Wikimedia Commons/Mark Byrnes

How we ruined Gruen's plan for more walkable, tight-knit American downtowns.

Victor Gruen, regarded by many as the American shopping center's pioneer, would have been 110 today. 

Born in Austria, Gruen emigrated to the United States in 1938. In 1951, he founded his own firm "Victor Gruen Associates" out of Los Angeles. He hoped to bring his Vienna-like tastes in urbanism to rapidly suburbanizing America.

The firm quickly became one of the nation's busiest, providing master plans and shopping centers for municipalities around the country.


A 1968 urban renewal film presented by Victor Gruen and Associates titled "Fresno: A City Reborn" 

His first mall, built in 1954 in suburban Detroit, was seen as the future of American shopping. Unlike so many of the fully enclosed malls that came after, the two-million square foot center included outdoor space (eventually removed), auditoriums, a bank, a post office, local retailers and a supermarket.

It was an early stab at new urbanism -- a chance to shop and run errands without the drawbacks of driving downtown.

But what the typical American mall did become, instead, was a formulaic collection of fully enclosed space occupied mostly by national retailers and surrounded by seas of surface parking. That upset Gruen who said in a 1978 speech, “I refuse to pay alimony for those bastard developments.”

The architect, who died in 1980, would probably be happy to know the American shopping mall is on its way to becoming a relic. 

Underperforming malls are closing or reinventing themselves in ways that are closer to what Gruen aspired to. As our own Emily Badger reported last year:

Americans haven’t particularly outgrown the consumer impulse that Gruen detected. We still love to flock to dense agglomerations of Body Shops and Cinnabuns and Brookstones. But now those places look increasingly like open-air "lifestyle centers," with condos above or offices next door. Some of these places are just the old mall in a new Main Street disguise. But when you add residences, and cut Gruen’s mega-block into what actually looks like a downtown street grid, that begins to change things.

Gruen wanted to create better versions of American downtowns, mixed-use complexes for a diverse range of people but with less traffic congestion and decay. Instead, the typical shopping mall he hated so much had spread around the world.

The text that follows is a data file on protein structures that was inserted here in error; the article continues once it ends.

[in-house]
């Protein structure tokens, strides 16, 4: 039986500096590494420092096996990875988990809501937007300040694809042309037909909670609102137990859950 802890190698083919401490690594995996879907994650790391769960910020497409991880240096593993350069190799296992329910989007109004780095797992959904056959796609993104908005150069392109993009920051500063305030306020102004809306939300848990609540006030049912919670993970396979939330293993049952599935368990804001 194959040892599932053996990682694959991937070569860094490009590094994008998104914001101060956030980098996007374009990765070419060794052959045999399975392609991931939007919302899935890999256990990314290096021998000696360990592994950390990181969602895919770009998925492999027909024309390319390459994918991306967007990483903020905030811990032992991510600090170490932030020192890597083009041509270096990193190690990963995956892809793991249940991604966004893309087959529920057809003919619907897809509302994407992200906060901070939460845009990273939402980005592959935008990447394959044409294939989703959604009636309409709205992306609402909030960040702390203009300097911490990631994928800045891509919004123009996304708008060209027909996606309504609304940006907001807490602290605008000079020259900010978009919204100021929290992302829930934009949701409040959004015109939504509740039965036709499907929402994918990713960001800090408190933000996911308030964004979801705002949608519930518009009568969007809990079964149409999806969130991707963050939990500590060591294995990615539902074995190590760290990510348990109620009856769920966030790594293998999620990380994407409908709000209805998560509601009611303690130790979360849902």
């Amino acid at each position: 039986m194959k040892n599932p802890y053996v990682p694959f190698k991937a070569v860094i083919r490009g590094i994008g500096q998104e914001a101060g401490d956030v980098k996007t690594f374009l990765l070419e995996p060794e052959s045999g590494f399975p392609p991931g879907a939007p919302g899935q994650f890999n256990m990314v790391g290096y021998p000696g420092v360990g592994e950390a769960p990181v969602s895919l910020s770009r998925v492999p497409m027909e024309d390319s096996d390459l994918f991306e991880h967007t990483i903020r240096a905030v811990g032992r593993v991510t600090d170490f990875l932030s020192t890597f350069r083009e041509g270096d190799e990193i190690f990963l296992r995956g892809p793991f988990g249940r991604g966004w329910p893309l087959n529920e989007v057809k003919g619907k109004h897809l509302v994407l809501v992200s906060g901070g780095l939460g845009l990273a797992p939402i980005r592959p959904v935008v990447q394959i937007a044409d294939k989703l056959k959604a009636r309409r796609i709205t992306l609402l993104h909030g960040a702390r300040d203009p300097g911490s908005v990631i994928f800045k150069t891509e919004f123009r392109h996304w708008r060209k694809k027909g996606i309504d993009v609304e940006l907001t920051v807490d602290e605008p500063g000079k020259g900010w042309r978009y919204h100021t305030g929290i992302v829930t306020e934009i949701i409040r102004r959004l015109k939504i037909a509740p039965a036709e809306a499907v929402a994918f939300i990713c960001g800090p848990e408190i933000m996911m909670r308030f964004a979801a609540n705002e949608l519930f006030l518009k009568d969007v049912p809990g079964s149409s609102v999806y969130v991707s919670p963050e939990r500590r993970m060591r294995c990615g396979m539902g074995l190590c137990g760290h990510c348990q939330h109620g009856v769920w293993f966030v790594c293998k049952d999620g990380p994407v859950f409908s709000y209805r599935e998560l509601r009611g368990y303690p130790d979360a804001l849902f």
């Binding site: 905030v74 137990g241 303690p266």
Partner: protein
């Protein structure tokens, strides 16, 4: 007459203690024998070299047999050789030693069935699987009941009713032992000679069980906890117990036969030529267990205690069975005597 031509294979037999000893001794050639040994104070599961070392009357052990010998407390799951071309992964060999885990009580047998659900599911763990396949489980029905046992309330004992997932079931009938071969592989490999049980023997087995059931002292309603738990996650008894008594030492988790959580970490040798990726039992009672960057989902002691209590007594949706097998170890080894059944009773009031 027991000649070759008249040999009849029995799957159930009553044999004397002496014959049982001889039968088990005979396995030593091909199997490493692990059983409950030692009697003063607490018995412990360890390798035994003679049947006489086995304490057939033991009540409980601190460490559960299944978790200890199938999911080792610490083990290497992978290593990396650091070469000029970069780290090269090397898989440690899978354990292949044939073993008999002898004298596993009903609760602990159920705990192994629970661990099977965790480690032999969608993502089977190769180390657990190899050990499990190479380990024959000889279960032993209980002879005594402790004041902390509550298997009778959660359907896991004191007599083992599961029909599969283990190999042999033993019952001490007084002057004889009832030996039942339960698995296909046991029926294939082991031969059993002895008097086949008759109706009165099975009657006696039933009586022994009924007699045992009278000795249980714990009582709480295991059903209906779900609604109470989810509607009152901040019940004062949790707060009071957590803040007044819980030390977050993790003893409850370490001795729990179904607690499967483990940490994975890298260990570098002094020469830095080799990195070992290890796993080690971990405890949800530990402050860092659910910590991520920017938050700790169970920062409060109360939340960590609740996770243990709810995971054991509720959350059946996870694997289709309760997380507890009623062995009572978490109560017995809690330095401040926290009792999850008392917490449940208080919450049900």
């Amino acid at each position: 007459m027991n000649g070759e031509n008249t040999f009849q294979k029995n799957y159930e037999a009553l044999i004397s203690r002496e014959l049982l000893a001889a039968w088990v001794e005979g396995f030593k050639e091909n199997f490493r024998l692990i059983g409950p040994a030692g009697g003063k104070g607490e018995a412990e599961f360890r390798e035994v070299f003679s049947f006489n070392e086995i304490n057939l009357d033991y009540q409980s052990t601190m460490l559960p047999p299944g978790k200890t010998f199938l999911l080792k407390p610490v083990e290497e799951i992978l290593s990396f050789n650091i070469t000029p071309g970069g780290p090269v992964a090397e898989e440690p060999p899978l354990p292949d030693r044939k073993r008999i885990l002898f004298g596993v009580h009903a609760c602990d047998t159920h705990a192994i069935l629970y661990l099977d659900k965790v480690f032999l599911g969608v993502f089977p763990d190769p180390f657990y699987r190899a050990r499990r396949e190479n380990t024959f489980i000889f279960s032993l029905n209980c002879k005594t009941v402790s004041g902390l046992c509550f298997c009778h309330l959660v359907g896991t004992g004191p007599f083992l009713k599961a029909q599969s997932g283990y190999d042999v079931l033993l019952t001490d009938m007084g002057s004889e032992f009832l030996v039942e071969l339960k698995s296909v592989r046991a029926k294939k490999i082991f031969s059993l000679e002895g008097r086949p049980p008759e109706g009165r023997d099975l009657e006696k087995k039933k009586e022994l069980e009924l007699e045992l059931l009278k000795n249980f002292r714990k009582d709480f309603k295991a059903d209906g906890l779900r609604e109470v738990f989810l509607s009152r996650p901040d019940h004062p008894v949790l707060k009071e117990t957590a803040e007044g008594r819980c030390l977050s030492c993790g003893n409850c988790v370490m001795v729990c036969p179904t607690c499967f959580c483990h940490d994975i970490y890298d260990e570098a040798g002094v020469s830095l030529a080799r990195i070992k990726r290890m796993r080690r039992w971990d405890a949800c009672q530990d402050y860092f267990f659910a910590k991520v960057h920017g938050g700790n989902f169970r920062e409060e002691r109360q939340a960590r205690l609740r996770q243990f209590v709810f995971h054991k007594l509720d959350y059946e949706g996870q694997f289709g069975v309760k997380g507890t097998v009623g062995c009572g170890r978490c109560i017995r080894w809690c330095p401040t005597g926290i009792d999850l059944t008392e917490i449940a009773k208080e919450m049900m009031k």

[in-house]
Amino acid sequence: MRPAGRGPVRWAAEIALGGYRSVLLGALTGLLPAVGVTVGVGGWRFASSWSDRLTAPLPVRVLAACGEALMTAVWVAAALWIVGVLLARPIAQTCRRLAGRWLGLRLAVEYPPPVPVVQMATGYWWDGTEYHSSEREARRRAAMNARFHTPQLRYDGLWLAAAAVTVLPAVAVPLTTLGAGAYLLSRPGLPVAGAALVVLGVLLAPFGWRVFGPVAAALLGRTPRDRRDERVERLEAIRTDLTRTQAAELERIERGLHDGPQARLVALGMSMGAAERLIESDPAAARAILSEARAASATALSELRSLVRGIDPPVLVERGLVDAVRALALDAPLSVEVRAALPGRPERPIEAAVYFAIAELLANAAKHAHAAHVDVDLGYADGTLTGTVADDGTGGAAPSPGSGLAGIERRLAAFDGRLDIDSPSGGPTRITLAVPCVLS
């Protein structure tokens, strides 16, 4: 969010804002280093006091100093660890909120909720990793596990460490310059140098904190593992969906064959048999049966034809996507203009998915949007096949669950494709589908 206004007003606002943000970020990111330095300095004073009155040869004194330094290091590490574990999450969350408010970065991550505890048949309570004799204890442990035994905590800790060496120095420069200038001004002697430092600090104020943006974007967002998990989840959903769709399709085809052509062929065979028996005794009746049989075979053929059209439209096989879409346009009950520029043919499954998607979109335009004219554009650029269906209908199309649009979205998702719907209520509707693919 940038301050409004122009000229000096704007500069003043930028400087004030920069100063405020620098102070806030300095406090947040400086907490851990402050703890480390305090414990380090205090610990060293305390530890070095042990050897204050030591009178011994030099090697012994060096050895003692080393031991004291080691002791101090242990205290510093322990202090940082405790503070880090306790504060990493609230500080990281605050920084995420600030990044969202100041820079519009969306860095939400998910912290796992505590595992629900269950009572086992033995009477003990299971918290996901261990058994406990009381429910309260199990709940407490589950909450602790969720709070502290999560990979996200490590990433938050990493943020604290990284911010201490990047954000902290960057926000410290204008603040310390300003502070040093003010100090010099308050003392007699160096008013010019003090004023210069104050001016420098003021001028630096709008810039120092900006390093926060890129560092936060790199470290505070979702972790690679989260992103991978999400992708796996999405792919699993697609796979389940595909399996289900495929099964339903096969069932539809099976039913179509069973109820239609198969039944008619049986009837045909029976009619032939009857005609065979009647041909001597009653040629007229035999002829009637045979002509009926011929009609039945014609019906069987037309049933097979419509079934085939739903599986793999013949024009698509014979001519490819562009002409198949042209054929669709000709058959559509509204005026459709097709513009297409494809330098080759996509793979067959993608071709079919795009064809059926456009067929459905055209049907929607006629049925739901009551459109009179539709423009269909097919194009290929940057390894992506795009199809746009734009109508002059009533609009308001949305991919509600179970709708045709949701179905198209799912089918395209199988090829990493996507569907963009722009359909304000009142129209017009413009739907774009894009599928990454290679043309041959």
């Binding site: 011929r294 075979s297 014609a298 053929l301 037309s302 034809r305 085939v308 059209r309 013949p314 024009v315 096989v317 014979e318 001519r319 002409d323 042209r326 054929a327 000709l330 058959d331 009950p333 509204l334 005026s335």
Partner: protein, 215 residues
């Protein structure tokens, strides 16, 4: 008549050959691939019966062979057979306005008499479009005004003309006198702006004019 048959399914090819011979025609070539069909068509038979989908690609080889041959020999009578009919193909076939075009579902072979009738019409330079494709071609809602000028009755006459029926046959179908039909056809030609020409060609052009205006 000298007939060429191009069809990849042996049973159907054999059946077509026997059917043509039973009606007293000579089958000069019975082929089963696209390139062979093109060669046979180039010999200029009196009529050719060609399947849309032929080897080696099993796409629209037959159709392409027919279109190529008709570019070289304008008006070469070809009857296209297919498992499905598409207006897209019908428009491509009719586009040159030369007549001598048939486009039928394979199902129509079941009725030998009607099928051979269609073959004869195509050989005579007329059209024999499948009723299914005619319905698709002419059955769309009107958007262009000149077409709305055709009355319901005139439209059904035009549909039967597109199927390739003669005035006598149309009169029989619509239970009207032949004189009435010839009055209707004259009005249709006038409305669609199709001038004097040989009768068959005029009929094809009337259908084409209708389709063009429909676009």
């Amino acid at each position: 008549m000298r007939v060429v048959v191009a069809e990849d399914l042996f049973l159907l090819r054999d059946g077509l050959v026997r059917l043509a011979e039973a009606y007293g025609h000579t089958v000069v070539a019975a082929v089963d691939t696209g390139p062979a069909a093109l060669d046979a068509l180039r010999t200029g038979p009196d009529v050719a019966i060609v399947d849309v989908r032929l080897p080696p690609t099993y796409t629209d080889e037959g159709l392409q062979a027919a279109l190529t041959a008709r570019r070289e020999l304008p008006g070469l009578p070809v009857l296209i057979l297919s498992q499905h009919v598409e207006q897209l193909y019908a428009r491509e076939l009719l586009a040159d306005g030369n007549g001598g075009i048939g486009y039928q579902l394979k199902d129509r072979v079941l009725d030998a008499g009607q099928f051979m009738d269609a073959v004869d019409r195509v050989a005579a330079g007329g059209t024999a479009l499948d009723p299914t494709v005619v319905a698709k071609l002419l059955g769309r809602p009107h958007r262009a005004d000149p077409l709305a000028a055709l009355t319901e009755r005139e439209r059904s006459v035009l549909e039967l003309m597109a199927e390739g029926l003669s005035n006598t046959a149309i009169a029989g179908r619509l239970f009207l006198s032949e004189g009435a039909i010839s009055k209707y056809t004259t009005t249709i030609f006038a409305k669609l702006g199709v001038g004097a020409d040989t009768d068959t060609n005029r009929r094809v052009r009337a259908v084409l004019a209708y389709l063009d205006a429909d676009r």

The architect eventually returned back to Austria towards the end of his life, only to find a new shopping center nearby, one he referred to as a "gigantic shopping machine." The man had not only seen his grand ideas for a better built America twisted into something he opposed but those same diluted visions had traveled back to his home country with him. As Malcolm Gladwell concluded in a 2004 New Yorker article about the shopping mall pioneer, "Victor Gruen invented the shopping mall in order to make America more like Vienna. He ended up making Vienna more like America." 

About the Author

Most Popular

  1. A small accessory dwelling unit—known as an ADU—is attached to an older single-family home in a Portland, Oregon, neighborhood.
    Design

    The Granny Flats Are Coming

    A new book argues that the U.S. is about to see more accessory dwelling units and guides homeowners on how to design and build them.

  2. Police cars outside the New York Port Authority Bus Terminal in New York City
    Life

    The Great Crime Decline and the Comeback of Cities

    Patrick Sharkey, author of Uneasy Peace, talks to CityLab about how the drop in crime has transformed American cities.

  3. Design

    These Sneakers Are Your Free Transit Pass

    A new BVG-Adidas collaboration means unlimited travel along Berlin’s public transit network for the rest of 2018. That is if you can find a pair.

  4. Life

    The (Legal) Case Against Bidding Wars Like Amazon's

    The race to win Amazon’s second headquarters has reignited a conversation dating back to the late ‘90s: Should economic incentives be curbed by the federal government? Can they be?

  5. Transportation

    On Paris Metro, Drug Abuse Reaches a Boiling Point

    The transit workers’ union says some stations on Line 12 are too dangerous to stop at. What will the city do?